Rachel Efron, Put Out the Stars
Balladeer and torch singer Rachel Efron will probably never outgrow her girlish warble, much less her penchant for slightly anachronistic music — in the sense that a female vocal draped over a piano sounds a bit old-fashioned. That said, her new release shows sophistication in songcraft and production values. The melodies are elegant and sometimes combative, even if the lyrics seem prudish. (self-released)
At Freight & Salvage (2020 Addison St., Berkeley) on June 14. 8 p.m., $20.50-$22.50.
The Hollyhocks, Understories
It takes about three songs for indie band The Hollyhocks to devolve into conventional prettiness. For the most part, the four band members favor stark harmonies, unusually dissonant guitar lines, and riffs that sing rather than merely sustain a groove. The lyrics are compelling, too, even when they're about familiar things like love ("Lightning and Timing"), loneliness ("Photograph"), and complacency ("Static"). (self-released)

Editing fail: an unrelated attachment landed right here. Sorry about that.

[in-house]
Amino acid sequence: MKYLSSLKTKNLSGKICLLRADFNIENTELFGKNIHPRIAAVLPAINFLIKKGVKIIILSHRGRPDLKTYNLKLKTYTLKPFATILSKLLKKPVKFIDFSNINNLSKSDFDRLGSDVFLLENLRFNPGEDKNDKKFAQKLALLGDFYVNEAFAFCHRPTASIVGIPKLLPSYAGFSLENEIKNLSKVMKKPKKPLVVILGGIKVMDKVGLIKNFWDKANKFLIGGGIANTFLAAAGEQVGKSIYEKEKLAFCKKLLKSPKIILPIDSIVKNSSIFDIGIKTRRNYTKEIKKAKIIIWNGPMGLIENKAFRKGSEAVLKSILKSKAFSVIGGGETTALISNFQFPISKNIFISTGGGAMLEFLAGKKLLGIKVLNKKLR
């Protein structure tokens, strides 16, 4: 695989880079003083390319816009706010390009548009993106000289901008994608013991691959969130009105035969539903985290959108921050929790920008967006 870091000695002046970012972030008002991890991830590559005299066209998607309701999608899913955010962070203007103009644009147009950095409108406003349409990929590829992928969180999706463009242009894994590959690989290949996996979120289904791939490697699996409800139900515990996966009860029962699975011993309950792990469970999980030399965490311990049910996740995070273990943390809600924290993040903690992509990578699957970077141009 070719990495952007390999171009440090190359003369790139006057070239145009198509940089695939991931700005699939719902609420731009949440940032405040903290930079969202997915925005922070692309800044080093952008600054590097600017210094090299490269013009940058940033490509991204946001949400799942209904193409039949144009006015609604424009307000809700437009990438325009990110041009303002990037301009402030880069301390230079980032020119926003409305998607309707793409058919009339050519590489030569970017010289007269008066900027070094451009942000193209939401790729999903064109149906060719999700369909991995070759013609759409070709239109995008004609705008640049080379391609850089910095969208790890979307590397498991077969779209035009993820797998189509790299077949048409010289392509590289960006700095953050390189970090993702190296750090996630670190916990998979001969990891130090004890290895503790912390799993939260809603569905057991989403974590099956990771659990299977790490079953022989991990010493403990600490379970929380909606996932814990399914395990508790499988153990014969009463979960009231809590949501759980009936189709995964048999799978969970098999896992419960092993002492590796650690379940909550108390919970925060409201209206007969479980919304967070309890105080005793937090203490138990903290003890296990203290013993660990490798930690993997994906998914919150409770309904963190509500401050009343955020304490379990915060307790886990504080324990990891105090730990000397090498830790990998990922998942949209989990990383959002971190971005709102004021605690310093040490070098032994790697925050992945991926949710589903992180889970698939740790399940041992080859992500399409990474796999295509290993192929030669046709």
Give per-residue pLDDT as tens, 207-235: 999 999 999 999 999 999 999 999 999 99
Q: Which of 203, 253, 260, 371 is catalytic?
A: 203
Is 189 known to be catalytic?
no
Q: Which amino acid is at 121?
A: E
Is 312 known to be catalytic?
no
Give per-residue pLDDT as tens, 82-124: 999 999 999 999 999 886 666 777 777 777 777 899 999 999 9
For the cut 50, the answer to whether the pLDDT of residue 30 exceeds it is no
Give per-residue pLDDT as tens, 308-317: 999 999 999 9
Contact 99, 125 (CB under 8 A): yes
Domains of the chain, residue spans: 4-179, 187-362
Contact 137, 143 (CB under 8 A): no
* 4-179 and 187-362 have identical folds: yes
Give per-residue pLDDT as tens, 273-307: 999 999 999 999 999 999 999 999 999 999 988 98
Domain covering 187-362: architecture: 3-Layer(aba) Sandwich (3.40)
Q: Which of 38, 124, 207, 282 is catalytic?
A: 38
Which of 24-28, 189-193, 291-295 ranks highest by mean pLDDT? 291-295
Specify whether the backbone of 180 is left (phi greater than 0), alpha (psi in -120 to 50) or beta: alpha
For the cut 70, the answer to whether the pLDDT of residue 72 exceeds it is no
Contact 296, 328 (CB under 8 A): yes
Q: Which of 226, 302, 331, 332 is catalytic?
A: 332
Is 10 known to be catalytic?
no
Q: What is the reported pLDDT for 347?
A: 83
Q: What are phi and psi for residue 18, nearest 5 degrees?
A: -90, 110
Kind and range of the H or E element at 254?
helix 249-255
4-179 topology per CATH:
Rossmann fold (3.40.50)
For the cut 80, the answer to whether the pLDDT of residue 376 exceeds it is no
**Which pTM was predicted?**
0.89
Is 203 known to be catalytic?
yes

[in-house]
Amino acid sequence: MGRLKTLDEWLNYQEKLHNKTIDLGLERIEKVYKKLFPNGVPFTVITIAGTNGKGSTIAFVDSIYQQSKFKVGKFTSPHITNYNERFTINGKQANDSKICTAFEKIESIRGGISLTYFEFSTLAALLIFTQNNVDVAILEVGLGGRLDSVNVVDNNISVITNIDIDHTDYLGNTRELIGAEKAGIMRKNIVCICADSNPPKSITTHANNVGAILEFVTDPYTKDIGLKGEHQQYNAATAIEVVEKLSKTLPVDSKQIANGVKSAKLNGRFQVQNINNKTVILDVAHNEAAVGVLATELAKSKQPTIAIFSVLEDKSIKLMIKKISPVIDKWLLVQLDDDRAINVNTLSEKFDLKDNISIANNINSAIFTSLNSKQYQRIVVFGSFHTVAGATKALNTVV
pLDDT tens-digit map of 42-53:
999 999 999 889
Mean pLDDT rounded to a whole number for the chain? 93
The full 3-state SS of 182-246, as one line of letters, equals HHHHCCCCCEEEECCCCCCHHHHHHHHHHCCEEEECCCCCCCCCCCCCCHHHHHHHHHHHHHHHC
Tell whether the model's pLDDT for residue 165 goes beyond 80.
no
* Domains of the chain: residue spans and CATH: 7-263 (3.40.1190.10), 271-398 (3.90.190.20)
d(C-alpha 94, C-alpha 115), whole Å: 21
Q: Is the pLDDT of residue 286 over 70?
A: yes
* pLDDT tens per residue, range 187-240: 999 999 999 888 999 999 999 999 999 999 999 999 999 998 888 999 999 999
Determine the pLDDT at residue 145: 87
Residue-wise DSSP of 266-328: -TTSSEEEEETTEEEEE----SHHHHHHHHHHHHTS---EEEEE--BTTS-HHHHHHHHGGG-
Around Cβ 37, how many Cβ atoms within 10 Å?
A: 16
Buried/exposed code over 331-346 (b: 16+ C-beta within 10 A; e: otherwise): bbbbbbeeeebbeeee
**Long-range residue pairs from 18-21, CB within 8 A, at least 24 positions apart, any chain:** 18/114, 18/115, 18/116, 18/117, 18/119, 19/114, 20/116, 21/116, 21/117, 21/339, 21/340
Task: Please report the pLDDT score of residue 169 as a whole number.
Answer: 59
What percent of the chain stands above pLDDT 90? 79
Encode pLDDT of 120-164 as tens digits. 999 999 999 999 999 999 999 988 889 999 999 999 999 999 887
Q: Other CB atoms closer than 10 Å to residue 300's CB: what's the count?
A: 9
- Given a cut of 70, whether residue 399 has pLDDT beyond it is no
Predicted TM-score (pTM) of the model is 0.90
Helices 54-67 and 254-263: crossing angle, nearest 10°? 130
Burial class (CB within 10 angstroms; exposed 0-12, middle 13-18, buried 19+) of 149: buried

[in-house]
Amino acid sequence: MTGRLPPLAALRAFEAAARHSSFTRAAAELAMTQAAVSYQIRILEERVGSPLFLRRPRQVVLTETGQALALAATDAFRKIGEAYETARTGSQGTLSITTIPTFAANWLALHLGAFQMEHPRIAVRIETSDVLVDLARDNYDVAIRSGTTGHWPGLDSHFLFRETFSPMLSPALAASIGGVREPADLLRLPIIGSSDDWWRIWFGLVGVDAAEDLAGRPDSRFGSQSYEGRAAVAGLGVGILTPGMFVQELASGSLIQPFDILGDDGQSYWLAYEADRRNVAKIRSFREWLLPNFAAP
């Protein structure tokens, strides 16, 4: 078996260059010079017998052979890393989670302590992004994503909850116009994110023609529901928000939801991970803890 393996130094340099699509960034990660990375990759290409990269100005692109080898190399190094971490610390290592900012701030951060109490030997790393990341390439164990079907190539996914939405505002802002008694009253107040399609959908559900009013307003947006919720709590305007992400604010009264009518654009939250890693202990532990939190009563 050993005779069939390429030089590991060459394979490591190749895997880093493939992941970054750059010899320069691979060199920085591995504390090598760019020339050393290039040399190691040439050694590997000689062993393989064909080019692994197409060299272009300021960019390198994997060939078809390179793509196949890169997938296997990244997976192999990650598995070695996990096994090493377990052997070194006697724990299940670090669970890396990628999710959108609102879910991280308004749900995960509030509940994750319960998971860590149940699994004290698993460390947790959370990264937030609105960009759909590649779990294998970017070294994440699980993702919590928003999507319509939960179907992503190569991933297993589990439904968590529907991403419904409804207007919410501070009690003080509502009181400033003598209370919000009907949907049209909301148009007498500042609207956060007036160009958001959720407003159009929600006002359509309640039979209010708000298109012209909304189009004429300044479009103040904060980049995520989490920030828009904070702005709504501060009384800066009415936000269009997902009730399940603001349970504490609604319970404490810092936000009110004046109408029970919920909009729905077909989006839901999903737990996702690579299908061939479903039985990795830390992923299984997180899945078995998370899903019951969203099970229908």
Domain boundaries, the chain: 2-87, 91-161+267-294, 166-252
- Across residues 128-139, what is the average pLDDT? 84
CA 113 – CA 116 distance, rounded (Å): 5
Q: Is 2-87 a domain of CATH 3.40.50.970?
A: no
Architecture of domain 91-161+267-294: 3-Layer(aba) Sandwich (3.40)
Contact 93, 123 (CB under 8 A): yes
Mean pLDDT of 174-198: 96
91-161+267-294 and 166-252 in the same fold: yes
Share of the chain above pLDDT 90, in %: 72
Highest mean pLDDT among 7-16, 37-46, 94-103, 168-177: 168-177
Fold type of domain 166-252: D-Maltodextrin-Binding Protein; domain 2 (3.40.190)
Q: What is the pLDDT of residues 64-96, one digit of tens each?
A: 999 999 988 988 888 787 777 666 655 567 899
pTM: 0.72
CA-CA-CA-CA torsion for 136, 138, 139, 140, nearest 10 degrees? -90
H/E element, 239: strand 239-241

At The Make-Out Room (3225 22nd St., San Francisco) on June 8. 8 p.m., $8.
Naytronix, Naytronix EP
It's become en vogue for jazz musicians to foray into pop, but bassist Nate Brenner was an early adopter of the trend — first in Michael Coleman's Beep!, then in Merrill Garbus' tUnE-yArDs and his electronic solo act Naytronix, which bears traces of Brenner's Oberlin Conservatory training. It seeps through in the bold horn parts on "Good Thing" and in his sleek cover of a Janet Jackson standard. (Plug Research)
Permanent Collection , Newly Wed Nearly Dead
Repetitive hooks, tinny production, and low, droning vocals give this album a narcotic quality, which is surely intentional. Singer Jason Hendardy emerged from the shoegaze outfit Young Prisms, and he still subscribes to that dreamily dense aesthetic; even with its upbeat tempos and sprightly guitar riffs, Newly Wed always tends toward ponderousness. Fortunately, several songs are imminently listenable. (Loglady Records)